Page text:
It’s one of the first treatments approved in Australia boasting big results with minimal invasiveness. The treatment, called VenaSeal, gives patients several new benefits thanks to its use of medical-grade adhesives. It’s one of the first treatments of its kind that has been approved in Australia.
The device is inserted and guided by ultra-sound through the affected area. Once in place the superglue like adhesive gets injected incrementally into the effected vein; the administering doctor applies pressure to the area sealing the vein with the glue.
Several benefits were raised in favour of the VenaSeal treatment; one being that you are not required to wear a stocking after the procedure compared to most laser treatments where one is usually required after the session. Secondly, VenaSeal treatment does not require general anesthesia instead uses minor local anesthetics and Intravenous sedation if required.
Along with the benefits, a few downfalls do come up; one being that it is significantly more expensive than the other minimally invasive methods, as well as the procedure not being covered by any Medicare rebate program. But is VenaSeal better than laser?
VenaSeal is still just one of the many treatments available in Australia. As is normal with a new product, it doesn’t have the same numbers available to prove safety and efficacy and like all treatments of this type, we use the medical evidence to support its use.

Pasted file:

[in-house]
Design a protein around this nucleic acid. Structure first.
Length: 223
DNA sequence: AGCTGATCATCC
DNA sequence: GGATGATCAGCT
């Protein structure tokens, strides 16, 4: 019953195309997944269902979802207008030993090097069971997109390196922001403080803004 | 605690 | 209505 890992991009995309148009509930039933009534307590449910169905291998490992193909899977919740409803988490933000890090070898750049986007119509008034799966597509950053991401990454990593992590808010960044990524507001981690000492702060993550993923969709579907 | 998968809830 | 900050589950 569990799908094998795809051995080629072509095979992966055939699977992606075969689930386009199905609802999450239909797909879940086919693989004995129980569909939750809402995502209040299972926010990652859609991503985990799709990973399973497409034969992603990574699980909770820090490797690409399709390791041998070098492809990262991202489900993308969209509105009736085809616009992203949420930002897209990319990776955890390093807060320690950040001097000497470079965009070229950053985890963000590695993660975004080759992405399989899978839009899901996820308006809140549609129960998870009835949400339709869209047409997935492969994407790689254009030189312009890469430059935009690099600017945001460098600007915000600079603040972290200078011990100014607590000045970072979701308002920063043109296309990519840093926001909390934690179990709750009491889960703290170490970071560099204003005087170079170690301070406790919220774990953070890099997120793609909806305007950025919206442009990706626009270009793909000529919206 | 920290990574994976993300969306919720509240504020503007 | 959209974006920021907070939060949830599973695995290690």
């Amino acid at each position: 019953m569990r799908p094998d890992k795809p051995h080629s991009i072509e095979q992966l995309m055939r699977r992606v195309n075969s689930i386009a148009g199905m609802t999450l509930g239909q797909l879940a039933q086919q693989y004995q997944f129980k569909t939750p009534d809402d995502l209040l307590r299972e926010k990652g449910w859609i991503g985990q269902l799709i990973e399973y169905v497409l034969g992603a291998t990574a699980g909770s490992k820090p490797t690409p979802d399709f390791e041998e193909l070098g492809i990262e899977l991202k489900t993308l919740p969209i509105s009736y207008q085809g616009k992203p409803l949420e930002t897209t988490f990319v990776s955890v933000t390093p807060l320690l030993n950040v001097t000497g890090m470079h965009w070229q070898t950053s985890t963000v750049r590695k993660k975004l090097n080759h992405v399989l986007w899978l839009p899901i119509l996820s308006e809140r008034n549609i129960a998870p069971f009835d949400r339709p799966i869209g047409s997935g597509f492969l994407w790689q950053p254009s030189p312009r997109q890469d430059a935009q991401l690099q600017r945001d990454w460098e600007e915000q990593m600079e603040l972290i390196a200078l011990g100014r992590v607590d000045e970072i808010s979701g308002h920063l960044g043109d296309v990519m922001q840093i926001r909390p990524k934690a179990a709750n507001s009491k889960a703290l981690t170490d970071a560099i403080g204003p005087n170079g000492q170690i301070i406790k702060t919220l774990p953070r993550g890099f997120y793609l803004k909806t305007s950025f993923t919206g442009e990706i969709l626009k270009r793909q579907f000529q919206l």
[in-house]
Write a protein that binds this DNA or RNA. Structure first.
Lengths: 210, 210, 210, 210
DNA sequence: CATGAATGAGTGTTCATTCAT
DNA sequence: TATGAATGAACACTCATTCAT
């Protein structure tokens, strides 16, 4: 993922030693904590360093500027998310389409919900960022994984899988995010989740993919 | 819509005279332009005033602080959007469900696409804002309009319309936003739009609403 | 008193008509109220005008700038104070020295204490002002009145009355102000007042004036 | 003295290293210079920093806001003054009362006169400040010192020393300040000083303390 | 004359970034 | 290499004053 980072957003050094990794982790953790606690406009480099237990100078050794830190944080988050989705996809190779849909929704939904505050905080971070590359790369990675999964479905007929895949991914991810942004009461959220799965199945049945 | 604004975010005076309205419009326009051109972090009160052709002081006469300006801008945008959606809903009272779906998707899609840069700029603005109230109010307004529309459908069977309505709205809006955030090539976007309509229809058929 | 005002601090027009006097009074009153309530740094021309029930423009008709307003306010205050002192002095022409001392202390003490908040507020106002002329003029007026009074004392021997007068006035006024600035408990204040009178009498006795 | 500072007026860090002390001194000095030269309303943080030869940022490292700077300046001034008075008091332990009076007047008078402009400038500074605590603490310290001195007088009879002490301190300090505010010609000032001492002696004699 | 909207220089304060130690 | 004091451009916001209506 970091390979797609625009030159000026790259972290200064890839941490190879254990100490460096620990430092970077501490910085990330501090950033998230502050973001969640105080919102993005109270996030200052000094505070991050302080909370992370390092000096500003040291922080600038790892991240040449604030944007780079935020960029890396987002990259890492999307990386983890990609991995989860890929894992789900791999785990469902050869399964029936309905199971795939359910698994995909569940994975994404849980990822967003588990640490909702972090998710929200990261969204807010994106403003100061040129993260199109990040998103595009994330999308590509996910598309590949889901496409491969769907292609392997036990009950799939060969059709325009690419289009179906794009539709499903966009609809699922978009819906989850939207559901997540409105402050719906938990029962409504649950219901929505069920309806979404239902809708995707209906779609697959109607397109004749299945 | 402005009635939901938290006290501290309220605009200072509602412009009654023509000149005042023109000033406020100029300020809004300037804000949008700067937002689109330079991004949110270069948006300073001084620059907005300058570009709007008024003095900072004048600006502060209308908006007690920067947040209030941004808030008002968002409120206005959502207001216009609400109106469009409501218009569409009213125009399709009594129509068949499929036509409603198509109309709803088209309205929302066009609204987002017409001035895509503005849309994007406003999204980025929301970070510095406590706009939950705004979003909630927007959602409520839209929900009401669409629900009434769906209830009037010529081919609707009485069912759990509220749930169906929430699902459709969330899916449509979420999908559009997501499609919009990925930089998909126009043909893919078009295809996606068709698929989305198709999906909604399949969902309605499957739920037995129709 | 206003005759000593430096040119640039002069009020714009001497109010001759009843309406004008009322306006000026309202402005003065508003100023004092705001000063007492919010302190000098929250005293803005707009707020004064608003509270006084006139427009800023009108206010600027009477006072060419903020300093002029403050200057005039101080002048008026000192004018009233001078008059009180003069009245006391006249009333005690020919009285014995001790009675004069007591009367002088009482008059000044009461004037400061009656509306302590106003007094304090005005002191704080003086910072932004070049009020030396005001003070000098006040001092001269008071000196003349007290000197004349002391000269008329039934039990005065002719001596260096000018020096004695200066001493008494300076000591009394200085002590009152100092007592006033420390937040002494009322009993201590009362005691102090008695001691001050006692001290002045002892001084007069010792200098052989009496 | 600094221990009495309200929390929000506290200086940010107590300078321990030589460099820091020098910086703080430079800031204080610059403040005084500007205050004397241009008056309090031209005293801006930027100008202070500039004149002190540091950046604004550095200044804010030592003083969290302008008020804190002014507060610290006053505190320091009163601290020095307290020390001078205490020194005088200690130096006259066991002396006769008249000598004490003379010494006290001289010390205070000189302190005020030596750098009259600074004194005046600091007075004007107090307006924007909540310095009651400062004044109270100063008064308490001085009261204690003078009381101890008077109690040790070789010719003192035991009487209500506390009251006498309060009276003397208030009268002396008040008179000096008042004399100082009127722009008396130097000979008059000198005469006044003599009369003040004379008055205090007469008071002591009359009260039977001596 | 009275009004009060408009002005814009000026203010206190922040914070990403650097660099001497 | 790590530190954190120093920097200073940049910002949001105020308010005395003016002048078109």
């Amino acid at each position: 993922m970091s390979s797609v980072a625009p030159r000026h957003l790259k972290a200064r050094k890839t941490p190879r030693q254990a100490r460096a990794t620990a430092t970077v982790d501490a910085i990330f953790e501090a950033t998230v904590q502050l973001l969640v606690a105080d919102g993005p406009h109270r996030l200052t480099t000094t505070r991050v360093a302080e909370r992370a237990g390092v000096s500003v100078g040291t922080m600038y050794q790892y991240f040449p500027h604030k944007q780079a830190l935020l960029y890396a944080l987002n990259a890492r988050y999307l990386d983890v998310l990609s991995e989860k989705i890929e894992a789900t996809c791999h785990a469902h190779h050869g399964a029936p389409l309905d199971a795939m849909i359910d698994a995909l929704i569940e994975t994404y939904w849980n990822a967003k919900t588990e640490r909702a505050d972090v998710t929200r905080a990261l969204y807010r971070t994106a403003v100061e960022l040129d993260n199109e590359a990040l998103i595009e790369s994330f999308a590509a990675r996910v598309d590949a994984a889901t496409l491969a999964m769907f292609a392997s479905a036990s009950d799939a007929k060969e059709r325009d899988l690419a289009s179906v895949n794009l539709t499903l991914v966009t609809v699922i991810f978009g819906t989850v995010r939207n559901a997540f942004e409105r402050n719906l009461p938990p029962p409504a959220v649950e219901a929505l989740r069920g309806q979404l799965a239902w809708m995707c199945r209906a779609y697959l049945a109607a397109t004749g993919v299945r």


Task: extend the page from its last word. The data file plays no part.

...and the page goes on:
For over ten years, endovenous laser ablation has been a very effective and proven minimally invasive treatment for varicose veins. Like you, Vein Doctors Group will be watching the developments closely.
Dr Chris Lekich, Medical Director of Vein Doctors Group will be hosting a national training conference for all vein doctors (phlebologists) in Australia, which will include a demonstration of the use of the VenaSeal system. At Vein Doctors Group, we look forward to educating others on VenaSeal in addition to endovenous laser ablation and sclerotherapy which are the mainstream treatments of choice for varicose veins at this point in time as recommended by the Australasian College of Phlebology.